Diesel deregulation likely by Diwali, private pumps may return
Diesel prices are likely to be deregulated by Diwali, a move that is likely to benefit private companies including Reliance Industries, Essar group and others who have invested big money in fuel retailing.business Updated: Oct 06, 2014 00:33 IST
Diesel prices are likely to be deregulated by Diwali, a move that is likely to benefit private companies including Reliance Industries (RIL), Essar group and others who have invested big money in fuel retailing and setting up of petrol pumps. A host of companies are gearing up to foray and re-enter the fuel retailing business, albeit with a wait-and-watch approach
If it happens, the cut in diesel prices will come after five years. Following decontrol, consumers may also see a Rs 2-2.50 per litre reduction in diesel prices.
State-owned oil companies, traders and petrol pump dealers expect the government to free up diesel prices and align them with market rates closer to Diwali or by the middle of the month after state elections get over. And if global oil prices continue to stay at current levels of below $95 a barrel and the value of the rupee stabilises against the US dollar, consumers may be gifted with a price reduction of close to Rs 2 to 2.50 a litre along with the policy decision to decontrol prices.
“The ministry has asked us to gear up for diesel price de-regulation... we are waiting for a policy decision that could come close to Diwali or by the middle of this month after state elections get over,” the chairman of a state-owned oil company said.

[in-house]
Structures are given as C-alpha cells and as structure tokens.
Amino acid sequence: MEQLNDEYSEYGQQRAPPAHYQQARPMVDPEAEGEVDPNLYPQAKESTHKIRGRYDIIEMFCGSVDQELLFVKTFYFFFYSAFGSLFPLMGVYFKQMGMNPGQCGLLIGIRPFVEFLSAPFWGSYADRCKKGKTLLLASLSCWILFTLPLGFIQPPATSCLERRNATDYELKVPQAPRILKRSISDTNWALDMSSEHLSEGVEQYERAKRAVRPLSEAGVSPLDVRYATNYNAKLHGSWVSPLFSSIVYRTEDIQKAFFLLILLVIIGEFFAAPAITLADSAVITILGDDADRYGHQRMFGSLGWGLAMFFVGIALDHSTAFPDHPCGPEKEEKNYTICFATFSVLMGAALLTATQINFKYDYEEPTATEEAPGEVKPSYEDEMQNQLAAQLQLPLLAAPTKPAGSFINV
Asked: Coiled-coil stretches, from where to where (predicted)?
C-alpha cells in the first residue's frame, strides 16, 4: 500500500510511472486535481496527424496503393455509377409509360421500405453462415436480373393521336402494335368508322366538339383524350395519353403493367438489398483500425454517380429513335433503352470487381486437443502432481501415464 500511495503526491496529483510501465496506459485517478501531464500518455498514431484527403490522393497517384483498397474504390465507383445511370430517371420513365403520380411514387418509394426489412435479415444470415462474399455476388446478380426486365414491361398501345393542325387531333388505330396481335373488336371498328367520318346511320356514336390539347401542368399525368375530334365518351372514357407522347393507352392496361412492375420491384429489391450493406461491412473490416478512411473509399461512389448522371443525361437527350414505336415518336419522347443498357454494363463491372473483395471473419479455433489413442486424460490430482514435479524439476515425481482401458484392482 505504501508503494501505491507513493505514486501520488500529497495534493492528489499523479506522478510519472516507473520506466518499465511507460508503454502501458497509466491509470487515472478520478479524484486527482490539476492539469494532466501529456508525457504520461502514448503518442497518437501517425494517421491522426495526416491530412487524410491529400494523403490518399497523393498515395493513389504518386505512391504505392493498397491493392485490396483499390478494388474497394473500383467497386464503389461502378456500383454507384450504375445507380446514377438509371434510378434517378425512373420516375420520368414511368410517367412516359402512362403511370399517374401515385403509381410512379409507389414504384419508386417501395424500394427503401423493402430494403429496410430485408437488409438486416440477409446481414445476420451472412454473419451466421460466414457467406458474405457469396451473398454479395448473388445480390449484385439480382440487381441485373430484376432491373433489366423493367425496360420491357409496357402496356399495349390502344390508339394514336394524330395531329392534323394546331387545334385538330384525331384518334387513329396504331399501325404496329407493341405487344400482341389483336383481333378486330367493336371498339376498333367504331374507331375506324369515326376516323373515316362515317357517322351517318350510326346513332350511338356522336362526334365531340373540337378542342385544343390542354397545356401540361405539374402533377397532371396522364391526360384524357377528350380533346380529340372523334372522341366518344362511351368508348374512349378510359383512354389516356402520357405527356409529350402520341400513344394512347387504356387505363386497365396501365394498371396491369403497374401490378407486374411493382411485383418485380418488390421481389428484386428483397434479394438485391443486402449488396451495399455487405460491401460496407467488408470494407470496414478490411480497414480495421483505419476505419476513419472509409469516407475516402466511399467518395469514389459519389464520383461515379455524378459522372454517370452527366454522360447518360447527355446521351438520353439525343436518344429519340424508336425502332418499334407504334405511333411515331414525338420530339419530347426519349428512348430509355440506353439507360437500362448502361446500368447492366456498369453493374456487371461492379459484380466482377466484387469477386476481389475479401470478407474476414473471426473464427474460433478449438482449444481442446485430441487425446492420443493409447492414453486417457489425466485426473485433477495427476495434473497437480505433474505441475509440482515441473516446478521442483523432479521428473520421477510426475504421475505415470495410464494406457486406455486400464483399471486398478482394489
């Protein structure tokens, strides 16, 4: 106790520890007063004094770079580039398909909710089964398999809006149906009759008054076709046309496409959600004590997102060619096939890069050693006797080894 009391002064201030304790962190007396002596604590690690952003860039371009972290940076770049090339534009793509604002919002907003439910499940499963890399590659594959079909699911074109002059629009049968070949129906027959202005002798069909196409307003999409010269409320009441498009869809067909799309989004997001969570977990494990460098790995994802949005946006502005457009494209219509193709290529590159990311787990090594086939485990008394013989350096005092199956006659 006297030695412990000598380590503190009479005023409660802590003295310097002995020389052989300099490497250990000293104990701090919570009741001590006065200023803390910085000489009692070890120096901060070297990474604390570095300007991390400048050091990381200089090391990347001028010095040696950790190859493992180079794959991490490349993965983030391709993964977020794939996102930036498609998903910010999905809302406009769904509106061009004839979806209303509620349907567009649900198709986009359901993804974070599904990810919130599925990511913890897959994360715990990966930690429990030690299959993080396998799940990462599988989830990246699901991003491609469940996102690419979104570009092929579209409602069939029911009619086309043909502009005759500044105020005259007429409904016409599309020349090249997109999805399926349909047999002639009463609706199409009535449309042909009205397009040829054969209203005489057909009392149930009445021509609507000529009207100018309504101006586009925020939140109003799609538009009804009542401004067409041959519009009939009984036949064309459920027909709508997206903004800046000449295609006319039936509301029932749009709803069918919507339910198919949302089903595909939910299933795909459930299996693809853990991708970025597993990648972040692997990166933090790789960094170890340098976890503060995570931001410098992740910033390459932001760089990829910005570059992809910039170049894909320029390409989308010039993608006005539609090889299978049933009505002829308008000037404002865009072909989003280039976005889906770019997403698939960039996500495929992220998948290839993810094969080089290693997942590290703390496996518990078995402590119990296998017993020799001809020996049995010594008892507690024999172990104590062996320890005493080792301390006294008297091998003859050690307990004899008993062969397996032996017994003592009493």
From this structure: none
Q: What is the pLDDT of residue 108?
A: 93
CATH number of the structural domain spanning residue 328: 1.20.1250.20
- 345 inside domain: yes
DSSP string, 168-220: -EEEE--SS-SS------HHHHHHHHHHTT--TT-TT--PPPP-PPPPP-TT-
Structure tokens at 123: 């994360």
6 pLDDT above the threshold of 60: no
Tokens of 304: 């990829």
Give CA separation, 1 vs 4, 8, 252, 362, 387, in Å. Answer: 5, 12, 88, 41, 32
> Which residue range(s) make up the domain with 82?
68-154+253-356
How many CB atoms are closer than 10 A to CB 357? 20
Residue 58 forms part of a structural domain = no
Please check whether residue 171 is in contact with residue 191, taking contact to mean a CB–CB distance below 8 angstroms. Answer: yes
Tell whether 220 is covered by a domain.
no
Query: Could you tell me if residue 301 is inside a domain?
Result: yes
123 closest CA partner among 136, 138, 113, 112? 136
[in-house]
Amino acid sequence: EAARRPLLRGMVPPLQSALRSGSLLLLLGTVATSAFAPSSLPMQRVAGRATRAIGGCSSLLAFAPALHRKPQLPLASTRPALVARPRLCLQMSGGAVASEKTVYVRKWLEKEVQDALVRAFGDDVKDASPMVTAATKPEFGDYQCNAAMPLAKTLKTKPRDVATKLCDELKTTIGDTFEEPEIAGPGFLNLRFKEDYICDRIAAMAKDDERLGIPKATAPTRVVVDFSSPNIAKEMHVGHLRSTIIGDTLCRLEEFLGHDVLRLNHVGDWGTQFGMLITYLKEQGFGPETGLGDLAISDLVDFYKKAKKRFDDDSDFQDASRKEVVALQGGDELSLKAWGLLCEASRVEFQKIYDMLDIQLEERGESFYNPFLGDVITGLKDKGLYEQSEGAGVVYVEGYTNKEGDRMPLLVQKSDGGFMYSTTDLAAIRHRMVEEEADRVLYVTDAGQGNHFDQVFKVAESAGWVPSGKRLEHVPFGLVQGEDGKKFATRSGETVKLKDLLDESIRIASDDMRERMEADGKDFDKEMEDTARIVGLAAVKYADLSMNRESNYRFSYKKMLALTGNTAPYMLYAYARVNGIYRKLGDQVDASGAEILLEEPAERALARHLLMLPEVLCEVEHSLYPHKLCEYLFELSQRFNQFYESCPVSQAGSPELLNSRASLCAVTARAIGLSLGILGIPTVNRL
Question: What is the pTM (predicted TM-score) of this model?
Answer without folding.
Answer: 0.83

However, industry sources said companies will “wait and watch” and are in no hurry to go on aggressive expansion drives when it comes to fuel retailing, which witnessed a flurry of activity from leading players when petrol and diesel was first de-regulated in 2002.
“Global energy major BP has a tie-up with RIL for marketing but it seems that the UK energy major is in no hurry to set up petrol pumps in the country,” a petroleum ministry official said. “It is quiet unlikely that the trend witnessed after 2002 when deregulation of petrol and diesel saw private and public sector companies que up for fuel retailing, will be repeated.”
“There is certainly more caution amongst industry players this time around,” another senior petroleum ministry official said, adding that the government has received no new applications from companies. “Last application received was from BP who, too, is keen to market jet fuel or aviation turbine fuel in India but whether they will get into fuel retailing is still not clear,” he said.
At present, fuel retailing is dominated by state-run oil companies including Indian Oil, Bharat Petroleum and Hindustan Petroleum Corp Ltd.
RIL and Essar, and global major Shell may also look at expanding their petrol pump networks. Most closed their petrol pumps in 2008 as losses mounted after the government extended subsidy to state-run oil companies on sale of petrol and diesel.
In fact Mukesh Ambani-led RIL is said to be looking to lease its petrol pumps to state-owned oil marketing companies after diesel de-control. RIL had closed most of its 1,500 petrol pumps across India by 2008.
When contacted, an RIL official said that while the company was hopeful of diesel price de-regulation, it was watching how things unfold. “It could be a mix of leasing and re-starting the closed pumps,” a source close to RIL said.
Ruias-controlled Essar Oil, however, is keen to expand its existing network of 1,400 petrol pumps to 3,000 in the next three years after diesel prices are freed.